Ha! I think it would have to be Ernest Saves Christmas. Music is something you feel, and understand. Christmas, and all of the feelings that surround it, is the same thing. Musicomania should help people fall back in love with music as it's definition suggests, it is the feeling you get when you listen to music. It is why we listen. It is why everyone on this planet taps their feat to their favourite tune. The feeling is not tangible, but exists within everyone of us.
The video for “It’s Not Alright” was shot in one take, what made you guys decide to shoot it that way?
It was actually the producer, Alex Colthart of Raw Footage productions who suggested that we shoot this video in one take so the desired effect of people changing in and out of frame would be more spectacular. It actually was the only way too shoot this video.
How fucking hard was that to pull off, how many times did it take to get it right?
It was really tricky in the beginning. We had to choreograph our switching and movement with all of the extras. It took us about 12-14 times to finally get it right. By the time we were finished, everyone was sweating. You can see this throughout. This made the performance more believable as well I found.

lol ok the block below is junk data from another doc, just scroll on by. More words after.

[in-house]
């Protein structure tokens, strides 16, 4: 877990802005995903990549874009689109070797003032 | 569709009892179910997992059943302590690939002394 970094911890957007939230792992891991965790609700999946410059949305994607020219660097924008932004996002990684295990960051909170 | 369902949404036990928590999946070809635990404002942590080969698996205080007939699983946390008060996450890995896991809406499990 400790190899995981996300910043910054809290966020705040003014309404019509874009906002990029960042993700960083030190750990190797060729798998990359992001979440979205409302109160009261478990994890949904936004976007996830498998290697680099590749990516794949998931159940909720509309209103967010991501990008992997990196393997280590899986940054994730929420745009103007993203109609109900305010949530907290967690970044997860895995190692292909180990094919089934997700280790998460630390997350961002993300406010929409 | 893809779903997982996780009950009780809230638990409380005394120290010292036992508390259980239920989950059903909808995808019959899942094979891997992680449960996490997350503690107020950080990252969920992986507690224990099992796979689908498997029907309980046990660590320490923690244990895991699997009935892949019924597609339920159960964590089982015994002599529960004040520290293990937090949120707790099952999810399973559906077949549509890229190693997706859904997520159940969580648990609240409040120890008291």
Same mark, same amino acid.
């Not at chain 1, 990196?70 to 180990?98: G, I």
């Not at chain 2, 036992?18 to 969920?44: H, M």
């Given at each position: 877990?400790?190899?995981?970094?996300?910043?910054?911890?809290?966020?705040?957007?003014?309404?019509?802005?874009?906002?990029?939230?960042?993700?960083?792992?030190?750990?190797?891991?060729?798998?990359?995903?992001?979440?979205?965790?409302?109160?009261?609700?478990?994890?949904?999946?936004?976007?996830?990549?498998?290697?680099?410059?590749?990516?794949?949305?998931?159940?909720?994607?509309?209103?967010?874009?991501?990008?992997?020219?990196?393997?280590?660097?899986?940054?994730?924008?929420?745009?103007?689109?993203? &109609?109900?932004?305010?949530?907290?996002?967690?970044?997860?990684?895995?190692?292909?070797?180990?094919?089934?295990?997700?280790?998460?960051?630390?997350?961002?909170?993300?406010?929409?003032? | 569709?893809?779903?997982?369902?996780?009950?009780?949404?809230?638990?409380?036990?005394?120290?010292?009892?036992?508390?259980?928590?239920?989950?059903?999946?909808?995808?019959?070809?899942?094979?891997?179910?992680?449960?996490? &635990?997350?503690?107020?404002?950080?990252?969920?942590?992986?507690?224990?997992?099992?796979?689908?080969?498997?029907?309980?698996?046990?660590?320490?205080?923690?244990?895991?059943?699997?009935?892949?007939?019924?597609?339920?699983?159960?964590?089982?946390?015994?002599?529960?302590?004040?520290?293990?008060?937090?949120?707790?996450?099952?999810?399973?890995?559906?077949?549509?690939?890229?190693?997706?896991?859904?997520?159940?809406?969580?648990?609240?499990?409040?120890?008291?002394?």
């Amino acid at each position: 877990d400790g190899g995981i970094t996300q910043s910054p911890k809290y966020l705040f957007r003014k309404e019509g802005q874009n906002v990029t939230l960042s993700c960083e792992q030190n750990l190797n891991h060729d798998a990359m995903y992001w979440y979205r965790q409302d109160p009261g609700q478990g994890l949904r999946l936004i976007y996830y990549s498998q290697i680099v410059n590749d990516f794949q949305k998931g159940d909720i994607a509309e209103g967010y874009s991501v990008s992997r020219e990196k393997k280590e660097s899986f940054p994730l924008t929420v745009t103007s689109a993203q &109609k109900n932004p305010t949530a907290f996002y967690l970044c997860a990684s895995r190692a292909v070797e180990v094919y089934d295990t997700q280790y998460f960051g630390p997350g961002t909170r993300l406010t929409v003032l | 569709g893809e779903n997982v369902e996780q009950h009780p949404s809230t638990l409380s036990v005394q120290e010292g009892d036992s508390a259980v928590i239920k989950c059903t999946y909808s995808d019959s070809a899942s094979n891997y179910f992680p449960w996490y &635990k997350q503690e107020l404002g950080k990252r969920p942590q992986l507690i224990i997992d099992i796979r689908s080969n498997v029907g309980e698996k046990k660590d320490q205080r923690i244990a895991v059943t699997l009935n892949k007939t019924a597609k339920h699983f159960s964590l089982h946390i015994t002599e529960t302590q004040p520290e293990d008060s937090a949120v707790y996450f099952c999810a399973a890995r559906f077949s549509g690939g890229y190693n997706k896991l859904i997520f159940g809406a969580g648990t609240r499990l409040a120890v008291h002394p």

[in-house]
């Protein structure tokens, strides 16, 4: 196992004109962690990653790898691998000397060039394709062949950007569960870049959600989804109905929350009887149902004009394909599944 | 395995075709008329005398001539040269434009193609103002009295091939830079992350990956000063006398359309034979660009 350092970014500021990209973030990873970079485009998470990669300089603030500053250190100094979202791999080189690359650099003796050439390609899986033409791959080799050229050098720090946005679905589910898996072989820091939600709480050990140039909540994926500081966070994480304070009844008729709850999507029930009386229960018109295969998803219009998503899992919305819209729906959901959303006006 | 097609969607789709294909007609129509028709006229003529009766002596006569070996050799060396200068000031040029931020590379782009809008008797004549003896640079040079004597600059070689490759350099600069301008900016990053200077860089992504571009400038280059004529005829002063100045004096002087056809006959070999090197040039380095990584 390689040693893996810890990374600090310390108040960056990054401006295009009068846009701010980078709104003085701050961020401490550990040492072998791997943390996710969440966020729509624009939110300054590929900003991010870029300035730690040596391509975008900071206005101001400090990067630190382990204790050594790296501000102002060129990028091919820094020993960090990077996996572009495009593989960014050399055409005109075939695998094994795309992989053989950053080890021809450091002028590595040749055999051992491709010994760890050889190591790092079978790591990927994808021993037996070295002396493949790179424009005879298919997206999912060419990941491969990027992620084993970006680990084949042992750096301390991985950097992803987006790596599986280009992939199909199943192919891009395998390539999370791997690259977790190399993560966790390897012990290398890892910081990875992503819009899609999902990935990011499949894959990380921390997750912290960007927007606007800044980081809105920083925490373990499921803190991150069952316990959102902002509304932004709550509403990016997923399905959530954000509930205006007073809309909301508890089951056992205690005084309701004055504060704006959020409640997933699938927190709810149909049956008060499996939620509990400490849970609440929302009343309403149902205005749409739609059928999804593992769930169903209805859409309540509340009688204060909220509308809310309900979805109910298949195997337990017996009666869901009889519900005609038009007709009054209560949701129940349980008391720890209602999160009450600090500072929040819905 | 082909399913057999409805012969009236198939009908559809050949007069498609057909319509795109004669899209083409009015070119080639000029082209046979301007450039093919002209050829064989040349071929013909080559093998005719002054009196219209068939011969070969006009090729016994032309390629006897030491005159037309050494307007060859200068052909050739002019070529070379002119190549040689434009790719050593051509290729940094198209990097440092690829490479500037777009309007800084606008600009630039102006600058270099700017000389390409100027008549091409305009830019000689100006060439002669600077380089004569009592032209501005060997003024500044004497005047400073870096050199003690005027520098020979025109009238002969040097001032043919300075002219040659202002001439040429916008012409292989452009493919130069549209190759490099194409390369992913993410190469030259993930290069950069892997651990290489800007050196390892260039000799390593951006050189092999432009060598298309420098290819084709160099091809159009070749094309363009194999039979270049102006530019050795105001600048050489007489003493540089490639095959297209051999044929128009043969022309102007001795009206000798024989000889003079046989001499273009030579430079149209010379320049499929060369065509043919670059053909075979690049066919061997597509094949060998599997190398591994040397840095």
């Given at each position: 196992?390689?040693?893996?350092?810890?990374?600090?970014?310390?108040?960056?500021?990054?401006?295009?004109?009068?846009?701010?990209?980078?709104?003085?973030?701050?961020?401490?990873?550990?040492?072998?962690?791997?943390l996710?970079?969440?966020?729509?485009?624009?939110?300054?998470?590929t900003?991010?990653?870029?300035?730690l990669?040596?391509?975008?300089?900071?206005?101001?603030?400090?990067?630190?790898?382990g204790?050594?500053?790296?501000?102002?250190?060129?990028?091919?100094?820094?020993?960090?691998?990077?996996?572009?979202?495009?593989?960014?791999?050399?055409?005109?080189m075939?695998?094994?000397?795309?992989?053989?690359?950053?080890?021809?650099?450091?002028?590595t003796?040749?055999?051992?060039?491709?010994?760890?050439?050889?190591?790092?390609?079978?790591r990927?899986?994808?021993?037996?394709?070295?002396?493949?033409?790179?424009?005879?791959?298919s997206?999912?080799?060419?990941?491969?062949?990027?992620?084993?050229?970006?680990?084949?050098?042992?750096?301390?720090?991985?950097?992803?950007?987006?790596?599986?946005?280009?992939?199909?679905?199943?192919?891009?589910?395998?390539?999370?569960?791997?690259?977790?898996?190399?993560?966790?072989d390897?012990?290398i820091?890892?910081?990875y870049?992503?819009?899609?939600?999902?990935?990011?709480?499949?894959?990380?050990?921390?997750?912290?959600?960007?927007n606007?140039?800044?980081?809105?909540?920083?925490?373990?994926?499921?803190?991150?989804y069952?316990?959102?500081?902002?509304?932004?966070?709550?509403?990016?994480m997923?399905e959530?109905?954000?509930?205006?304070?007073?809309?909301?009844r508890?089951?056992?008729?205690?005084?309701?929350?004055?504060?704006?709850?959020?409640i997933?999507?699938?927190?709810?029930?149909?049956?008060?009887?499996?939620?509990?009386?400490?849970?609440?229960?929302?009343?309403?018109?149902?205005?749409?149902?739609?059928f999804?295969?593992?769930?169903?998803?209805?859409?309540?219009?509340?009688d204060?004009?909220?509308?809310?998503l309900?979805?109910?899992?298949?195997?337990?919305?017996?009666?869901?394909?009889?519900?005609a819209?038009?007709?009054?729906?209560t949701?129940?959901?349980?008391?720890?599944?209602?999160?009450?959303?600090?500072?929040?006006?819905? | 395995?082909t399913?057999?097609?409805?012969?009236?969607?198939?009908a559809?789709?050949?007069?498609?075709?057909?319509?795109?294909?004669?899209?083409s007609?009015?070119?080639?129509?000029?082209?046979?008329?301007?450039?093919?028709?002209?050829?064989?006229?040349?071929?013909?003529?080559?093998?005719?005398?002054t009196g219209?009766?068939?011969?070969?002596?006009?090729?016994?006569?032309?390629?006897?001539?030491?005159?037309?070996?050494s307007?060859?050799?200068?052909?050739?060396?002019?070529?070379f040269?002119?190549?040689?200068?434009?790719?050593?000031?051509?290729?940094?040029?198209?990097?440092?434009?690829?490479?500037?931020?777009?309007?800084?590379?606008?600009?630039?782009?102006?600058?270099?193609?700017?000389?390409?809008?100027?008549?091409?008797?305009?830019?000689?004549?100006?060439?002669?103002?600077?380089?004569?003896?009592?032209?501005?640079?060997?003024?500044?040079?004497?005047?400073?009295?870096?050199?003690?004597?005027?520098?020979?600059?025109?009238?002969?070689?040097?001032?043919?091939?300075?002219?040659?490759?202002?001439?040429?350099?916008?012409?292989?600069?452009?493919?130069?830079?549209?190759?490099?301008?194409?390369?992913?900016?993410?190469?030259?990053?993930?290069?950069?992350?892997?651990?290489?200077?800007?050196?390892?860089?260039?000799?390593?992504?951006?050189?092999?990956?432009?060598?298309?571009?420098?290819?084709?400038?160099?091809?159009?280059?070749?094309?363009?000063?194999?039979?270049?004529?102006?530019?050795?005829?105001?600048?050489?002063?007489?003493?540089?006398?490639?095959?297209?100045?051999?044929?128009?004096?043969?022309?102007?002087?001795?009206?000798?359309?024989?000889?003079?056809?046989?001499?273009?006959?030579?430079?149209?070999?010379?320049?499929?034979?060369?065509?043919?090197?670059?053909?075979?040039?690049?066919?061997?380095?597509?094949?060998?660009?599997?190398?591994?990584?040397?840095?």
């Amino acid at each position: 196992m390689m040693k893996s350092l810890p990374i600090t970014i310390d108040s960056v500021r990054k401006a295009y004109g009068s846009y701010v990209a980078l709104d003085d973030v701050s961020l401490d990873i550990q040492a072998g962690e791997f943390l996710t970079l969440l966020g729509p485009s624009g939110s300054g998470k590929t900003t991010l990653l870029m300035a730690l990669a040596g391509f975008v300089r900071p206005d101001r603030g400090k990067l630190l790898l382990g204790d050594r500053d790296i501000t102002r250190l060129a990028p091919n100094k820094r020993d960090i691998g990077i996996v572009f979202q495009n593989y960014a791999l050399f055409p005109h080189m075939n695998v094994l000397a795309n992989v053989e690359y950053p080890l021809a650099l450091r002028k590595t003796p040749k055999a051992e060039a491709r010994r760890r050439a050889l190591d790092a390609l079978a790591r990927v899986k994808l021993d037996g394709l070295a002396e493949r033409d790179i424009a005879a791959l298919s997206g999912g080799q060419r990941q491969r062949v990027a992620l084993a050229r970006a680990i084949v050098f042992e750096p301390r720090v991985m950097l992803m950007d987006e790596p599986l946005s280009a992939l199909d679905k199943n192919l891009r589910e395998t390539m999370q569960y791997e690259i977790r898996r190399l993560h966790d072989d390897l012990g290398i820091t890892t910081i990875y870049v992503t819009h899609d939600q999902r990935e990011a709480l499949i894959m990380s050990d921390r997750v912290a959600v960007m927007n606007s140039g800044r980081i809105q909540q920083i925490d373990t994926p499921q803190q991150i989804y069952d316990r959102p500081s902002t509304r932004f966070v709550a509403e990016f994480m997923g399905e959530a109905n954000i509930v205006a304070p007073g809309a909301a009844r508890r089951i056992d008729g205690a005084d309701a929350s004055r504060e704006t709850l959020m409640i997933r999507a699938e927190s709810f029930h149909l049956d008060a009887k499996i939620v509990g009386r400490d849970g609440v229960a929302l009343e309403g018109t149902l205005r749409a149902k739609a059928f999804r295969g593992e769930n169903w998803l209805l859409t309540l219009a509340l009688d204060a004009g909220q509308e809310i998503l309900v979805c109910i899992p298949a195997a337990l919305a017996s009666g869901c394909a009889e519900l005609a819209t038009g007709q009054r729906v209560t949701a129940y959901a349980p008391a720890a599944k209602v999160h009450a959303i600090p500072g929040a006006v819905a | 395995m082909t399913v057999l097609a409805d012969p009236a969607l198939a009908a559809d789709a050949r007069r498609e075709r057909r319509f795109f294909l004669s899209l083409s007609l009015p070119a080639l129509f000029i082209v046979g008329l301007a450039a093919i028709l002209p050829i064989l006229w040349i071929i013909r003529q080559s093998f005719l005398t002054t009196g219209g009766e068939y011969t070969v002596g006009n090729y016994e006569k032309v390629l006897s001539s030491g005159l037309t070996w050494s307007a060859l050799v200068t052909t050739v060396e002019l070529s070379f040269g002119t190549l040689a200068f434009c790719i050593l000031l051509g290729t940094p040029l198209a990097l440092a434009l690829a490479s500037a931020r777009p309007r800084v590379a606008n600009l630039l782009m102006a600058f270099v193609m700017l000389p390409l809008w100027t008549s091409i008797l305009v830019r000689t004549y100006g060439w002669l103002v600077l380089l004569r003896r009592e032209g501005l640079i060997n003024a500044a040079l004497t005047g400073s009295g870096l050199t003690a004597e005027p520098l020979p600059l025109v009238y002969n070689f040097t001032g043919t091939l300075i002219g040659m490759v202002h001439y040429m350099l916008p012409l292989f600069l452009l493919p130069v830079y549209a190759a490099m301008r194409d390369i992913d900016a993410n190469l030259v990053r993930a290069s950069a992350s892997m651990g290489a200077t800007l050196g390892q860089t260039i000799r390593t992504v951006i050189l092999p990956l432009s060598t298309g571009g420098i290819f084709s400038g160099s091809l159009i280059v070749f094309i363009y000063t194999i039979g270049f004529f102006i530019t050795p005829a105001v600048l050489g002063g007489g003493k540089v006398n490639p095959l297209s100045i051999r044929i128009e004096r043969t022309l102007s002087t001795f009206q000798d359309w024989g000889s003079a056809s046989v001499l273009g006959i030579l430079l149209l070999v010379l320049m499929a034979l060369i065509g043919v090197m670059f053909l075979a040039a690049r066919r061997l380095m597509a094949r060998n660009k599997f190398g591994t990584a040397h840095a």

Where was it shot?
The video was shot in Nobleton, Ontario at a hertiage house owned by Jeremy Wayda of Mushroom Media. Jeremy has been a friend and mentor of the band for years. We approached him with the idea and he gave us the go ahead.
What’s more nerve-wracking, playing for a crowd or playing for a video like this where if you fuck up you have to start over?
Good question, the video! Some takes we were all in the groove and everything was perfect and than someone's guitar strap would come loose, or extras would trip over each other while trying to change spots. It was very frustrating, I kept saying to myself. " are we ever going to get it"?